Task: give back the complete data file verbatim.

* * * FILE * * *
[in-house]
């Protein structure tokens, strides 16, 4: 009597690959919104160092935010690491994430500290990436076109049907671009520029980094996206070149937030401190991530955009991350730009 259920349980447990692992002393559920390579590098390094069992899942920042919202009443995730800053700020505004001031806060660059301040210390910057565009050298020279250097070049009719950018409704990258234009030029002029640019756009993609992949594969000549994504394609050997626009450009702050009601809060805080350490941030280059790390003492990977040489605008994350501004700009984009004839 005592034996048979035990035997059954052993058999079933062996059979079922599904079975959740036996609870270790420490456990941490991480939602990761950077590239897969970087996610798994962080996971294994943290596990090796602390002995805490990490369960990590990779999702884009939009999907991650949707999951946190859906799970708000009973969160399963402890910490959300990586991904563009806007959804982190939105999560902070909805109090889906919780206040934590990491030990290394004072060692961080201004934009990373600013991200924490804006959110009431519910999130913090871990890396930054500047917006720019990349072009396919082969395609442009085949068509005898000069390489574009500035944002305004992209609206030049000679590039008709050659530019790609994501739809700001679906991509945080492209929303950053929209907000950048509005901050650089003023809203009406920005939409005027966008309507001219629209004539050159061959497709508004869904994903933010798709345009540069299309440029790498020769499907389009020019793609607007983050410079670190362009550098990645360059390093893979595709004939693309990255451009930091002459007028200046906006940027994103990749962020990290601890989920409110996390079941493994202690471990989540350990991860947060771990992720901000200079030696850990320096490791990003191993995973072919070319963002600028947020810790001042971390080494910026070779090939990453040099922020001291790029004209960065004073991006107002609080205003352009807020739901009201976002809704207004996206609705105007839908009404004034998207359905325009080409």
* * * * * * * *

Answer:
[in-house]
């Protein structure tokens, strides 16, 4: 009597690959919104160092935010690491994430500290990436076109049907671009520029980094996206070149937030401190991530955009991350730009 259920349980447990692992002393559920390579590098390094069992899942920042919202009443995730800053700020505004001031806060660059301040210390910057565009050298020279250097070049009719950018409704990258234009030029002029640019756009993609992949594969000549994504394609050997626009450009702050009601809060805080350490941030280059790390003492990977040489605008994350501004700009984009004839 005592034996048979035990035997059954052993058999079933062996059979079922599904079975959740036996609870270790420490456990941490991480939602990761950077590239897969970087996610798994962080996971294994943290596990090796602390002995805490990490369960990590990779999702884009939009999907991650949707999951946190859906799970708000009973969160399963402890910490959300990586991904563009806007959804982190939105999560902070909805109090889906919780206040934590990491030990290394004072060692961080201004934009990373600013991200924490804006959110009431519910999130913090871990890396930054500047917006720019990349072009396919082969395609442009085949068509005898000069390489574009500035944002305004992209609206030049000679590039008709050659530019790609994501739809700001679906991509945080492209929303950053929209907000950048509005901050650089003023809203009406920005939409005027966008309507001219629209004539050159061959497709508004869904994903933010798709345009540069299309440029790498020769499907389009020019793609607007983050410079670190362009550098990645360059390093893979595709004939693309990255451009930091002459007028200046906006940027994103990749962020990290601890989920409110996390079941493994202690471990989540350990991860947060771990992720901000200079030696850990320096490791990003191993995973072919070319963002600028947020810790001042971390080494910026070779090939990453040099922020001291790029004209960065004073991006107002609080205003352009807020739901009201976002809704207004996206609705105007839908009404004034998207359905325009080409």